When taken in the round, Gerasimov’s article – which was an encapsulation of previous debates more than a novel exegesis7– presented ‘hybrid war’ not as an end in itself, but as a stage in a foreign aggression against Russia which could or would lead to chaos and the emergence of fierce armed civil conflict in which foreign countries could intervene. The aim for Russia, he asserted, was to be able to have the kind of forces able to shut out such external intervention and fight and quickly win any conflicts, using massive and precise military force.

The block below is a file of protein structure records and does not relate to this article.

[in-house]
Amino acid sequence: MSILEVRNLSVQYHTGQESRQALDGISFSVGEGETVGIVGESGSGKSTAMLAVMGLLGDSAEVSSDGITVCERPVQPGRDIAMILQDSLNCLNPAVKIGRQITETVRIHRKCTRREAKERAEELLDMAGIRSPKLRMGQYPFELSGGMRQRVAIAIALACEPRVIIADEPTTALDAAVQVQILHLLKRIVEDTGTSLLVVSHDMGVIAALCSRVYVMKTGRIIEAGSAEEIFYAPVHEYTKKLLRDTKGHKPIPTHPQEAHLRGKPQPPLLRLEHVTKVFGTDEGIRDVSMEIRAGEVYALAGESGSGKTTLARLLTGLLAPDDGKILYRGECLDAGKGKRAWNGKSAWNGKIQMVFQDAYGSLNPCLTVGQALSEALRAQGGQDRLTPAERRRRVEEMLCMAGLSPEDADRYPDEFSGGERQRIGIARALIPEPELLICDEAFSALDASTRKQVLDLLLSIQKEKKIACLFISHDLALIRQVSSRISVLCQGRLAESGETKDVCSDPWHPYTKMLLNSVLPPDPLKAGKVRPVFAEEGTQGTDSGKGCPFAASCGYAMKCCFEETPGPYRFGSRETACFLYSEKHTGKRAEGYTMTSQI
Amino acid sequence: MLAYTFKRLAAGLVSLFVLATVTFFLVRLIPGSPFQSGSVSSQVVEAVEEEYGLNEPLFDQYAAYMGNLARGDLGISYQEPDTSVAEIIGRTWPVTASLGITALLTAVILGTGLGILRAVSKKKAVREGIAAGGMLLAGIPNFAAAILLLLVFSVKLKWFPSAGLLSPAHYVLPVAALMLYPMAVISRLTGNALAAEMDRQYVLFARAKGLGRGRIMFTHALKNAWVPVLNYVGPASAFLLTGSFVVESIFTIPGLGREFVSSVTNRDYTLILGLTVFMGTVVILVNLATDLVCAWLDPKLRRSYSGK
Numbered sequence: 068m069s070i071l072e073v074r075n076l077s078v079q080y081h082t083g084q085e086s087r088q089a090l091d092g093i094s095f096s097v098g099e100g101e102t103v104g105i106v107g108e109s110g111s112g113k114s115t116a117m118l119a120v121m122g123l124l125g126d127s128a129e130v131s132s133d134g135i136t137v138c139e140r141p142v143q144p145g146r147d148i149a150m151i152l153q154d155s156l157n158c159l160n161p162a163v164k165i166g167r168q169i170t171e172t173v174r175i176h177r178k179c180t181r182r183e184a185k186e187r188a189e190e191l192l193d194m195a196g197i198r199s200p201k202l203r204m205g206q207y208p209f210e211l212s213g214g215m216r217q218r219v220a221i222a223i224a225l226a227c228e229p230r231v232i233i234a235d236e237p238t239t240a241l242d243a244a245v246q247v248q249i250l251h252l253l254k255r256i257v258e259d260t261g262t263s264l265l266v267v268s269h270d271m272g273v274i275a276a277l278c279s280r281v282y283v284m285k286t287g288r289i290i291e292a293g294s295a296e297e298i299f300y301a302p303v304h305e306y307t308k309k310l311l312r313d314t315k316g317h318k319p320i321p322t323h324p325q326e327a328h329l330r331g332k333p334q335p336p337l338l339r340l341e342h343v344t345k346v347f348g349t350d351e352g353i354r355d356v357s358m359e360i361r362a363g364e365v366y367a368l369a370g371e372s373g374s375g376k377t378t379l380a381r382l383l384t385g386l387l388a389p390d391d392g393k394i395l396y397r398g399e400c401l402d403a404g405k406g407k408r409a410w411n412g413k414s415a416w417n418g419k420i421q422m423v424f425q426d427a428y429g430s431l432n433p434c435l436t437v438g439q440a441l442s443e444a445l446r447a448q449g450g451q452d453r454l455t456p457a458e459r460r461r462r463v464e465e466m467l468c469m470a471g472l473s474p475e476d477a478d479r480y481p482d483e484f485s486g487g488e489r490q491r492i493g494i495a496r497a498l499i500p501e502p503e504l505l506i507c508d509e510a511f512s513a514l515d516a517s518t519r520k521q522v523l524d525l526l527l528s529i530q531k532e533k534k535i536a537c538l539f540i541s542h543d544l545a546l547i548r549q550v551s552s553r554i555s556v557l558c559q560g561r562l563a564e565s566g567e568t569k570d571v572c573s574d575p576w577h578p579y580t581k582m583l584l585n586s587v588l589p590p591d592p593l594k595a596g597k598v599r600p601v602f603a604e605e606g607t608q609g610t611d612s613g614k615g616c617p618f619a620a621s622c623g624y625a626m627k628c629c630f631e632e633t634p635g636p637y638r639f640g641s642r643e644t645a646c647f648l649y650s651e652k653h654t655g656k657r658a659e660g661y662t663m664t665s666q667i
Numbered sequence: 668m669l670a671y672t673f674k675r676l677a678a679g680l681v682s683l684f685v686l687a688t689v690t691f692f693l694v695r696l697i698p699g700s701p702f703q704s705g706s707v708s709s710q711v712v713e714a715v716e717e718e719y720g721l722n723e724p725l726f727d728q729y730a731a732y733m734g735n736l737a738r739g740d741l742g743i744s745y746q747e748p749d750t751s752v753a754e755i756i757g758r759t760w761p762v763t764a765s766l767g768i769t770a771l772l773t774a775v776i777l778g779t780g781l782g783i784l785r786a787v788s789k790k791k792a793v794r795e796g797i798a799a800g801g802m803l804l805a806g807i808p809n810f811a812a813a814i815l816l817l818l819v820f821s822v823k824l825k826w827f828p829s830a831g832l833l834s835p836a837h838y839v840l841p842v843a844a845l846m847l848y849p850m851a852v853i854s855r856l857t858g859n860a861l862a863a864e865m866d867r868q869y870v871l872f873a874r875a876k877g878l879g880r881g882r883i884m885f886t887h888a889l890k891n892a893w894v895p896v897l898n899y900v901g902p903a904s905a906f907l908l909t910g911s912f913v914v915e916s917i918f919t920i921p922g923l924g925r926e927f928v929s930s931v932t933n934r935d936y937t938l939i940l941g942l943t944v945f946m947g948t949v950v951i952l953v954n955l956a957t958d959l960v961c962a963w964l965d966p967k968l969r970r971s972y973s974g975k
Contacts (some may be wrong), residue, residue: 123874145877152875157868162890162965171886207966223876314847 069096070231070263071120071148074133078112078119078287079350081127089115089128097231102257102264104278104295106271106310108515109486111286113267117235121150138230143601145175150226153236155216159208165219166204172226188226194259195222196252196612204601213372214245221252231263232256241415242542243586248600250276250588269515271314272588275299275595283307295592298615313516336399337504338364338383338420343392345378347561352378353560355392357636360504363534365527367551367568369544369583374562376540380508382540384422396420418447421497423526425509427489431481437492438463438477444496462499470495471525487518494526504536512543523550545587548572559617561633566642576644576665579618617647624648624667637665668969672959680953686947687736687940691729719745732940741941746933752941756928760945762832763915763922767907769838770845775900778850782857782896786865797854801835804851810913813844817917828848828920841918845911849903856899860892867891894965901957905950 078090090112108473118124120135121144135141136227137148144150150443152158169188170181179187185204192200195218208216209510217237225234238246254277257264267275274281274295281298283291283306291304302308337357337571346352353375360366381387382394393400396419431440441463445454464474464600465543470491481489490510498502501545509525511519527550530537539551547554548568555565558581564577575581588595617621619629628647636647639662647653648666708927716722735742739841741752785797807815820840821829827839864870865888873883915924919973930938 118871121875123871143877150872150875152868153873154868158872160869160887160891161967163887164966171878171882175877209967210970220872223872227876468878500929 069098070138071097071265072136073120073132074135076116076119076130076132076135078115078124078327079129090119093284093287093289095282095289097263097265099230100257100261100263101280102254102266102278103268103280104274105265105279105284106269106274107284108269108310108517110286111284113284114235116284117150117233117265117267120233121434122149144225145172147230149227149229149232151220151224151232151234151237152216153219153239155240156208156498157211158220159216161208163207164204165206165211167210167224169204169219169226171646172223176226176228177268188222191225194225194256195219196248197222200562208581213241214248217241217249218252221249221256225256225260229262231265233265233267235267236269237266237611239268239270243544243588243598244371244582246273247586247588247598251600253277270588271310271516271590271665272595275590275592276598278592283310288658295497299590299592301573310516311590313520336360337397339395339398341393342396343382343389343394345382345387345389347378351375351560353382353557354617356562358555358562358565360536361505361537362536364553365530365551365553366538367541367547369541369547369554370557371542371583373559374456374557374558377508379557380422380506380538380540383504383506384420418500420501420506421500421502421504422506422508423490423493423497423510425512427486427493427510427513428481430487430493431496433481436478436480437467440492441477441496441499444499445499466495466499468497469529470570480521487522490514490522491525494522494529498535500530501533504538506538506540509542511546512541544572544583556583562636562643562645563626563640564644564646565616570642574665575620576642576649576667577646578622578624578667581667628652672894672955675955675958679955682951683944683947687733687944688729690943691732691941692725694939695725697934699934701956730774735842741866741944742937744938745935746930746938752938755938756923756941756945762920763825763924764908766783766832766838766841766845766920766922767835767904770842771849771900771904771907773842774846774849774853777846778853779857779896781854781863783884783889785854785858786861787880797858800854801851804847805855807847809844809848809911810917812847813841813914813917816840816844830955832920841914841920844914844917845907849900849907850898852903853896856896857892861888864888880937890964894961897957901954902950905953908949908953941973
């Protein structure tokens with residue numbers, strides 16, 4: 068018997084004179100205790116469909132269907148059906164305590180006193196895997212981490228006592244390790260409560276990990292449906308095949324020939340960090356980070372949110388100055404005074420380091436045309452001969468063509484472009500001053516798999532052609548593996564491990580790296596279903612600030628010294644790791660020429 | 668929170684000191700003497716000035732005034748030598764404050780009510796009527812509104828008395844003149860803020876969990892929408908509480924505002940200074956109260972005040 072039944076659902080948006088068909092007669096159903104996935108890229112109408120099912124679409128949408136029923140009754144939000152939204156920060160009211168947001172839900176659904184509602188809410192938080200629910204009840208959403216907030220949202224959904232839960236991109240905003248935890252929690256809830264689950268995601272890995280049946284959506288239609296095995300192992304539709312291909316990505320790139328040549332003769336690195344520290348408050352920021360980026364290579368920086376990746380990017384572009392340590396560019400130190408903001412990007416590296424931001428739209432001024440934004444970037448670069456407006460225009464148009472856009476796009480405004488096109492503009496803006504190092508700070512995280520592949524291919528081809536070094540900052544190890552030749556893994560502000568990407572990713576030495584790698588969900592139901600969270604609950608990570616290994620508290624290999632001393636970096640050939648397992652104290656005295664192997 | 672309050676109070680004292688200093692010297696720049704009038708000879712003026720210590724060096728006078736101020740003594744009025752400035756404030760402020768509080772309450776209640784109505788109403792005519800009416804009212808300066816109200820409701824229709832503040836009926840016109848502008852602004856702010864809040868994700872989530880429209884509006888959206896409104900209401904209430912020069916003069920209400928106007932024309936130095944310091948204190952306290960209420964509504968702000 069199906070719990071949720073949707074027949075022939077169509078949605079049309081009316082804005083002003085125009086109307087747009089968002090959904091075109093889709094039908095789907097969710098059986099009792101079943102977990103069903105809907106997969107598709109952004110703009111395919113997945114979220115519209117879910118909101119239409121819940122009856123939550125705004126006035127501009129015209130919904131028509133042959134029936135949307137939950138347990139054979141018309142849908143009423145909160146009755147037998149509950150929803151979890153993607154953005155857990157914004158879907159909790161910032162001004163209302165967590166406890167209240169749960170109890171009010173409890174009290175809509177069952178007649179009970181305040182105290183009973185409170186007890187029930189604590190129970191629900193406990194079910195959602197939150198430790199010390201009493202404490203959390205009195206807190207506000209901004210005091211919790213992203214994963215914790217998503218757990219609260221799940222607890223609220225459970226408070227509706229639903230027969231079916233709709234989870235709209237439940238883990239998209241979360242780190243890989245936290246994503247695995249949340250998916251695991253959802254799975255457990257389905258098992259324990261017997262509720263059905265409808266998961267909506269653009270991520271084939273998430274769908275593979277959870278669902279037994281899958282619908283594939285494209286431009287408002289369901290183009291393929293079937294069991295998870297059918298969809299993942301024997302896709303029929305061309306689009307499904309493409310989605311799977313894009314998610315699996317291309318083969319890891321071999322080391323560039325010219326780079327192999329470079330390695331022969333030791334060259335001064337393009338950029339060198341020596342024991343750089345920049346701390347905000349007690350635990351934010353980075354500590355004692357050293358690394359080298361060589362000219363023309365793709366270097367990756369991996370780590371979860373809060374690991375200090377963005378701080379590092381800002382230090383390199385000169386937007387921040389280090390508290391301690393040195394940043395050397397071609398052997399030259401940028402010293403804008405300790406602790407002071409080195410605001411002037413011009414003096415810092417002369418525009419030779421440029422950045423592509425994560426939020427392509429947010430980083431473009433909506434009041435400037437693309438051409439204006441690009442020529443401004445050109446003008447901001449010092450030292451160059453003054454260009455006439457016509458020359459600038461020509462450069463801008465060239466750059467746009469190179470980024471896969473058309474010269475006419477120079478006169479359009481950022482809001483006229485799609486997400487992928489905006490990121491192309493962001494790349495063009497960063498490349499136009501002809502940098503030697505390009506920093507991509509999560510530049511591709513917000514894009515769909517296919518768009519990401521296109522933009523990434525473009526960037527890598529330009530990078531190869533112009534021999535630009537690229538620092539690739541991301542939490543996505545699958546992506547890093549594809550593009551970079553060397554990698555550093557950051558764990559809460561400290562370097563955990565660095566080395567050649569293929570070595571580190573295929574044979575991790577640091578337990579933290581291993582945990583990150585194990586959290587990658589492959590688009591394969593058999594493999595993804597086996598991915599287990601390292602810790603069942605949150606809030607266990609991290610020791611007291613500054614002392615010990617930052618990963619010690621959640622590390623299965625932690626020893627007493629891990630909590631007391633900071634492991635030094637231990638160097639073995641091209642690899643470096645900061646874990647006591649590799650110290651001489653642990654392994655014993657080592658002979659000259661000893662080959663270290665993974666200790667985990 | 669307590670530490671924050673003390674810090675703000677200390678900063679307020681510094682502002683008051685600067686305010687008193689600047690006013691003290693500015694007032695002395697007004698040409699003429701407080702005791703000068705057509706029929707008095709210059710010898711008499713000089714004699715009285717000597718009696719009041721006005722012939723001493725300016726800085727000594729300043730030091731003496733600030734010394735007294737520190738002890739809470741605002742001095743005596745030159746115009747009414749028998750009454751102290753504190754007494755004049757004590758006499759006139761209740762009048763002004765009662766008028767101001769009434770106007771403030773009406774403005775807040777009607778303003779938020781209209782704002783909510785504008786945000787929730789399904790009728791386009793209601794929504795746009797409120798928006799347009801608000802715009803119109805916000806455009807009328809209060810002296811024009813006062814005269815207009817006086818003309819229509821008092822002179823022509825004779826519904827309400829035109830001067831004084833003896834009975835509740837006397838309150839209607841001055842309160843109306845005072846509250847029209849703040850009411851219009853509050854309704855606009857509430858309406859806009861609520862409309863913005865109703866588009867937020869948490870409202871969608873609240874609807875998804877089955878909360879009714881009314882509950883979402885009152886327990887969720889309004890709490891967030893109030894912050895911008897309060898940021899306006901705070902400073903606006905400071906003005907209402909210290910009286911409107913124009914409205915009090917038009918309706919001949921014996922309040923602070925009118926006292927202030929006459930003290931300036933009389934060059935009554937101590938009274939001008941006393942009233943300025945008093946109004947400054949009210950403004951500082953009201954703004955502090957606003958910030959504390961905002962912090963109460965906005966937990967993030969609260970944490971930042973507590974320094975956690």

Thus, Gerasimov’s vision was in many ways an essentially defensive one for a chaotic modern era, not of an army of covert saboteurs but rather a high readiness force able rapidly to mobilize and focus firepower on direct, conventional threats. In this, he was reprising themes which had emerged in much recent military theoretical literature and presenting a sense of the comprehensive threats facing Russia, threats which required an equally comprehensive answer. After all, as Andrew Monaghan8 has perceptively observed, facing what appears to be a near-term future of unpredictability and instability, the Russian state has adopted a strategy of mobilization involving ‘what are in effect efforts to move the country on to a permanent war footing’.